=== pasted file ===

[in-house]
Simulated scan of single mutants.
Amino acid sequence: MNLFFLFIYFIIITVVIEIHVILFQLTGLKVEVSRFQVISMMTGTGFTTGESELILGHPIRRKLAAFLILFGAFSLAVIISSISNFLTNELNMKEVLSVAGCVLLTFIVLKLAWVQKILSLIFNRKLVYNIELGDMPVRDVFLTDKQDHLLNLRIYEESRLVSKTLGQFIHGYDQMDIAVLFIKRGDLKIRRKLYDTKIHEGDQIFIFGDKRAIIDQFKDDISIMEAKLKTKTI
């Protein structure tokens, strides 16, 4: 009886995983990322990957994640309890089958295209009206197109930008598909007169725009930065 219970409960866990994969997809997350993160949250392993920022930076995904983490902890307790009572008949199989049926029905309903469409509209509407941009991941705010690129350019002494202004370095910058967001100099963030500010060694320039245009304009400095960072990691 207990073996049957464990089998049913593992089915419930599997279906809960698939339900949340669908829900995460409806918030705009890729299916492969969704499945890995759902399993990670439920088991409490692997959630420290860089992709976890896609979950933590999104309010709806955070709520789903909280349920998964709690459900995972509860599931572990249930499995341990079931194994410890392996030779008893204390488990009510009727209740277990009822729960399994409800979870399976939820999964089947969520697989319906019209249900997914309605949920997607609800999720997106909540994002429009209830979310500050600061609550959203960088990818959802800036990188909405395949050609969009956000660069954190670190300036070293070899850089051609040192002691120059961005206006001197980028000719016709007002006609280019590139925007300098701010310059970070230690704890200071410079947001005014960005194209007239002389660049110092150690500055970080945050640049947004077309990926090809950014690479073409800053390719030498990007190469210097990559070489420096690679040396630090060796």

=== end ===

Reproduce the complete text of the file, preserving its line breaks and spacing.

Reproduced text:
[in-house]
Simulated scan of single mutants.
Amino acid sequence: MNLFFLFIYFIIITVVIEIHVILFQLTGLKVEVSRFQVISMMTGTGFTTGESELILGHPIRRKLAAFLILFGAFSLAVIISSISNFLTNELNMKEVLSVAGCVLLTFIVLKLAWVQKILSLIFNRKLVYNIELGDMPVRDVFLTDKQDHLLNLRIYEESRLVSKTLGQFIHGYDQMDIAVLFIKRGDLKIRRKLYDTKIHEGDQIFIFGDKRAIIDQFKDDISIMEAKLKTKTI
């Protein structure tokens, strides 16, 4: 009886995983990322990957994640309890089958295209009206197109930008598909007169725009930065 219970409960866990994969997809997350993160949250392993920022930076995904983490902890307790009572008949199989049926029905309903469409509209509407941009991941705010690129350019002494202004370095910058967001100099963030500010060694320039245009304009400095960072990691 207990073996049957464990089998049913593992089915419930599997279906809960698939339900949340669908829900995460409806918030705009890729299916492969969704499945890995759902399993990670439920088991409490692997959630420290860089992709976890896609979950933590999104309010709806955070709520789903909280349920998964709690459900995972509860599931572990249930499995341990079931194994410890392996030779008893204390488990009510009727209740277990009822729960399994409800979870399976939820999964089947969520697989319906019209249900997914309605949920997607609800999720997106909540994002429009209830979310500050600061609550959203960088990818959802800036990188909405395949050609969009956000660069954190670190300036070293070899850089051609040192002691120059961005206006001197980028000719016709007002006609280019590139925007300098701010310059970070230690704890200071410079947001005014960005194209007239002389660049110092150690500055970080945050640049947004077309990926090809950014690479073409800053390719030498990007190469210097990559070489420096690679040396630090060796």